Friday, April 24, 2009
Julian Barnes - Nothing to Be Frightened of
The reviews for NTBFO were marvellous, I generally enjoy Julian Barnes in both his Barnes and Kavanagh guises, and I loved his last novel, Arthur & George, about the involvement of Arthur Conan Doyle in the trial of an Anglo-Indian youth falsely accused and convicted of mutilating livestock. Barnes writes with extreme clarity and perception of both his protagonists and George Edalji is particularly interestingly depicted, or at least to me, as a fellow half-sub-Continental. So I was well set up for NTBFO. I am still surprised by how moving and vivid and plain funny it is. Of course, it is erudite, littered with references and allusions to other great writers and also to perhaps greater thinkers, but it is also refreshingly full of the conundrum that beats at the heart of every really interesting book, which is our inability to know another's heart. Barnes writes about his family, and in particular his mother and his philosopher brother in lucid prose, and writes most perceptively about the impossibility of really getting to the heart of a character unless that character is fictional.
In exploring this impossibility, he touches on the perpetual attractions of fiction, from our Biblical heritage through Beowulf and the Wanderer, Chaucer's vivid pilgrims and Shakespeare's shining gallery of individuals. The best books achieve exactly what life does, which is to expose to us the quirks and twists and truths of human experience and nature, while preserving their mystery. We can never definitively know why Iago is so malevolent, why Viola is so sane and sage, how Hermione can forgive Leontes, we feel that these are not simply characters, but people. Dorothea's insistence on marrying Casaubon, Lady Dedlock's inner workings, Guy Crouchback's pain, when I think of these, I cannot believe that narrative will ever perish. Ultimately, the best stories, the ones that will go on and on for ever refreshing the parts no other artform can reach, will always be written down, shared, discussed, loved because they are full of people, and consequently, of radiance.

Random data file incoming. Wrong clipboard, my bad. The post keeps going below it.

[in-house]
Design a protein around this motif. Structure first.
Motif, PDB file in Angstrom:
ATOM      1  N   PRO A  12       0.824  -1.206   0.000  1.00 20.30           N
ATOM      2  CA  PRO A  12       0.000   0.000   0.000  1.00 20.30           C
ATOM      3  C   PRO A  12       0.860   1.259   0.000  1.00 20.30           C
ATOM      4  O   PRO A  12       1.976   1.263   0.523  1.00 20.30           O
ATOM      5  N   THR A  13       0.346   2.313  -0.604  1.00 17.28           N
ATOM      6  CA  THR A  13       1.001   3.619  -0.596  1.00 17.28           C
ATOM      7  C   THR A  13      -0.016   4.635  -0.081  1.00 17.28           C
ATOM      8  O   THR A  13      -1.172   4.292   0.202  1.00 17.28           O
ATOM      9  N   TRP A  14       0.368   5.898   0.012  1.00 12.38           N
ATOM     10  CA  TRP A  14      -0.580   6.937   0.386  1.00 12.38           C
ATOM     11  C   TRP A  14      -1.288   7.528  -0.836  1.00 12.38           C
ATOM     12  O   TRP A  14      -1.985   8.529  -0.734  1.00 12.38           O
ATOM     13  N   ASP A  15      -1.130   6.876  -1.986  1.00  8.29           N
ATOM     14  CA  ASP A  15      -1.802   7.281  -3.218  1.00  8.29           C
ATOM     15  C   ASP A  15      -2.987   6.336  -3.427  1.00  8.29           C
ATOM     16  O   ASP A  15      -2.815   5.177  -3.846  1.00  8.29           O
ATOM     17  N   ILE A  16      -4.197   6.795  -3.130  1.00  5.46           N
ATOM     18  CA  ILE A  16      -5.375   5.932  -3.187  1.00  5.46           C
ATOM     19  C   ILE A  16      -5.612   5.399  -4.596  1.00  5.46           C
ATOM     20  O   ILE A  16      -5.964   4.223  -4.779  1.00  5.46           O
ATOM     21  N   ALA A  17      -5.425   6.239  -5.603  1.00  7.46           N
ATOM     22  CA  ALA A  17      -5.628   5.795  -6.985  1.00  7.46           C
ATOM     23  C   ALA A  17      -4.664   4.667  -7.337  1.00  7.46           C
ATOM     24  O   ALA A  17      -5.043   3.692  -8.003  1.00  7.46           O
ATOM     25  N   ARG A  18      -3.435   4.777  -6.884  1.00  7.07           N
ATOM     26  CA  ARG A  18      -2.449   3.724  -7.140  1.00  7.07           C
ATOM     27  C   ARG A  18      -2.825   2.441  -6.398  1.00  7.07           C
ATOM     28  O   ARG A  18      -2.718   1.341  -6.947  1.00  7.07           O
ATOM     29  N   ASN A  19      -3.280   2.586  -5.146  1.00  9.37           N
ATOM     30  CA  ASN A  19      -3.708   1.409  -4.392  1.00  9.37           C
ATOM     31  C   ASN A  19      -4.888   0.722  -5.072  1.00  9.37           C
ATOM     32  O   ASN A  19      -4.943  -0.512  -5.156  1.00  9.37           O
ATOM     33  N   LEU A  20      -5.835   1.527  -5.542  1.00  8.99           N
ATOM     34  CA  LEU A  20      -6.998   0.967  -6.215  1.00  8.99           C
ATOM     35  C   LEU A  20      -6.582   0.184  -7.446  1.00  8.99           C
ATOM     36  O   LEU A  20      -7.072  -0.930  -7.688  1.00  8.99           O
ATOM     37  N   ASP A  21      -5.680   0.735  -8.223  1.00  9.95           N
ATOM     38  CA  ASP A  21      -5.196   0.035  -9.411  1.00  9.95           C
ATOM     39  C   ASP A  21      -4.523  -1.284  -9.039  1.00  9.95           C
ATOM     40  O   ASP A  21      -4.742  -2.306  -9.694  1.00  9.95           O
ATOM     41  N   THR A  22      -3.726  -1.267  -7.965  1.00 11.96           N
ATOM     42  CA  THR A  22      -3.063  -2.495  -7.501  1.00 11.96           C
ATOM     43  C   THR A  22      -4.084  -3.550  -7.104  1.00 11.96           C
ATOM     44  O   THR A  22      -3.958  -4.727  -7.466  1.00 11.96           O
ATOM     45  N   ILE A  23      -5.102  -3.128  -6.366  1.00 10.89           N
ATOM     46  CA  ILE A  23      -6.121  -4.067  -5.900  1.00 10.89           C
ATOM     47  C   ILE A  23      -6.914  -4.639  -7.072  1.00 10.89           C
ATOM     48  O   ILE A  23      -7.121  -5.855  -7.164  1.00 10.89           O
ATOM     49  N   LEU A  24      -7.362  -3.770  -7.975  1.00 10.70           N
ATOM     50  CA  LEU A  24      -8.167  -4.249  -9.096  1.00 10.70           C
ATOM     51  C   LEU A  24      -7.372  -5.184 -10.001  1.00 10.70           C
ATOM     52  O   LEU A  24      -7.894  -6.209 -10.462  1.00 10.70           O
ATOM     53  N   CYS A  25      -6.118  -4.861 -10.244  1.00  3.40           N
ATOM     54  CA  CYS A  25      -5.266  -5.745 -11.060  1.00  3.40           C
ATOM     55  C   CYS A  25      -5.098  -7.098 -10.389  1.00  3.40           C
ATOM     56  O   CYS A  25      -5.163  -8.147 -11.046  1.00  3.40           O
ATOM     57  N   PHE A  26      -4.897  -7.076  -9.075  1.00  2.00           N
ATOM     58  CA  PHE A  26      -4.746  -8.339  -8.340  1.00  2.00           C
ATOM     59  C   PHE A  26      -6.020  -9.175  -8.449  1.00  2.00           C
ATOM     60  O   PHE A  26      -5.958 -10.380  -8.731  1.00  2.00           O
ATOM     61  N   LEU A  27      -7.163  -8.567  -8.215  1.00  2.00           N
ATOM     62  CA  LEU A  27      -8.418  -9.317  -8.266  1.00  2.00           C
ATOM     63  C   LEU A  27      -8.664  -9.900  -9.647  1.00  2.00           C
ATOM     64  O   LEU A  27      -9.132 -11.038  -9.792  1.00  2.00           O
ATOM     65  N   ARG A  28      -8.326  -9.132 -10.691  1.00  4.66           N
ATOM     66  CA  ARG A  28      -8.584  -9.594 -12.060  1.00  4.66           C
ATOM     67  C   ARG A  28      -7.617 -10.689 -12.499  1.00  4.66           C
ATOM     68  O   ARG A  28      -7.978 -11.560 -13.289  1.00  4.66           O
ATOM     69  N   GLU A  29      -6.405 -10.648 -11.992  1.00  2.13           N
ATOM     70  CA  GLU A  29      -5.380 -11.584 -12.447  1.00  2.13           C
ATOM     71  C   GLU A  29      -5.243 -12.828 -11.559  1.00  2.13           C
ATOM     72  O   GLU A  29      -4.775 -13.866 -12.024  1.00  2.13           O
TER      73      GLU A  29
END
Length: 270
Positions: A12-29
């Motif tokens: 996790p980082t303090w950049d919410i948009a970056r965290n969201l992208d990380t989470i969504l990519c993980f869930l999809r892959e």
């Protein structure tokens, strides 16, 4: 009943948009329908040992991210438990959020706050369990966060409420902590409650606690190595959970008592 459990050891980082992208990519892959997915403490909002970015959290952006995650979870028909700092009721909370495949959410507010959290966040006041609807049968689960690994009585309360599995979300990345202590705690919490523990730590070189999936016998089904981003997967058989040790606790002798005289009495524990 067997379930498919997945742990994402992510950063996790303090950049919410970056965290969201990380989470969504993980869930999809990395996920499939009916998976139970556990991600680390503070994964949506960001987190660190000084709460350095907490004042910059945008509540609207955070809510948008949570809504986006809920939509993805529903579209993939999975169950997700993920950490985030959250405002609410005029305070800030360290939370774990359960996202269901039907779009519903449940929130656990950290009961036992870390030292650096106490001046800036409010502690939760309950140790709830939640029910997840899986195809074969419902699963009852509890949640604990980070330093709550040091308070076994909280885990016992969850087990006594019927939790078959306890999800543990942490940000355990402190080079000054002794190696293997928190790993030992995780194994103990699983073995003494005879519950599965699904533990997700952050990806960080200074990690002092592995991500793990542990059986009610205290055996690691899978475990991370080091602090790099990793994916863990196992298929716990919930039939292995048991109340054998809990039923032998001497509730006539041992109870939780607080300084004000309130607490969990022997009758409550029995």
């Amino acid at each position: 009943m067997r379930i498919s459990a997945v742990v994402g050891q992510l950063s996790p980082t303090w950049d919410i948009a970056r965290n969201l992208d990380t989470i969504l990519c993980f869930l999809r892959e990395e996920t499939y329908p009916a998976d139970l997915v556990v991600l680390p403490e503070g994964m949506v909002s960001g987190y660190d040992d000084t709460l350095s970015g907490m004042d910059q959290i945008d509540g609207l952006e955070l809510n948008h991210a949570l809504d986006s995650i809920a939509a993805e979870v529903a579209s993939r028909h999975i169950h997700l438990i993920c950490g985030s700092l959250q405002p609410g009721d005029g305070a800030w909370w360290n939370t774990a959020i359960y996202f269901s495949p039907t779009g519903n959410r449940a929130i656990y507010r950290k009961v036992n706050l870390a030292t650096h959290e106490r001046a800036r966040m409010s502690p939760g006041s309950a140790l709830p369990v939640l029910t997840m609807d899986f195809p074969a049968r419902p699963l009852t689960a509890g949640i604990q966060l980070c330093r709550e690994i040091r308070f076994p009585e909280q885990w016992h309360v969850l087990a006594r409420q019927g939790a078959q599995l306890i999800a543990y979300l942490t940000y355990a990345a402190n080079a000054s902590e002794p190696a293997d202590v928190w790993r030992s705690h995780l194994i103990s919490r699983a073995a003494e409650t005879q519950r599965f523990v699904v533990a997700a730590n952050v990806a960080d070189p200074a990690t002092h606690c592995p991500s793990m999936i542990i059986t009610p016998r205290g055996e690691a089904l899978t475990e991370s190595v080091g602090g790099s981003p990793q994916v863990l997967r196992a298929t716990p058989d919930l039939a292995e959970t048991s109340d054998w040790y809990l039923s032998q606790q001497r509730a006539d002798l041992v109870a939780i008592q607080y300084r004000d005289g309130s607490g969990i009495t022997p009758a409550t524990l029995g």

Curious to be reminded of this in a book about death - but sadder still to think that Barnes has been so closely touched in the last six months by death. The publication of the book was too closely followed by the death of Barnes's wife (and agent), Pat Kavanagh. Reading the book and knowing this makes his words all the more poignant. I am not sure he could have written with the same élan if he had had to write this book after October 2008. I am also relieved that it was written at all. Full of wisdom, light of touch, elegantly conceived and constructed, Nothing to Be Frightened Of is a wonderful, enriching book.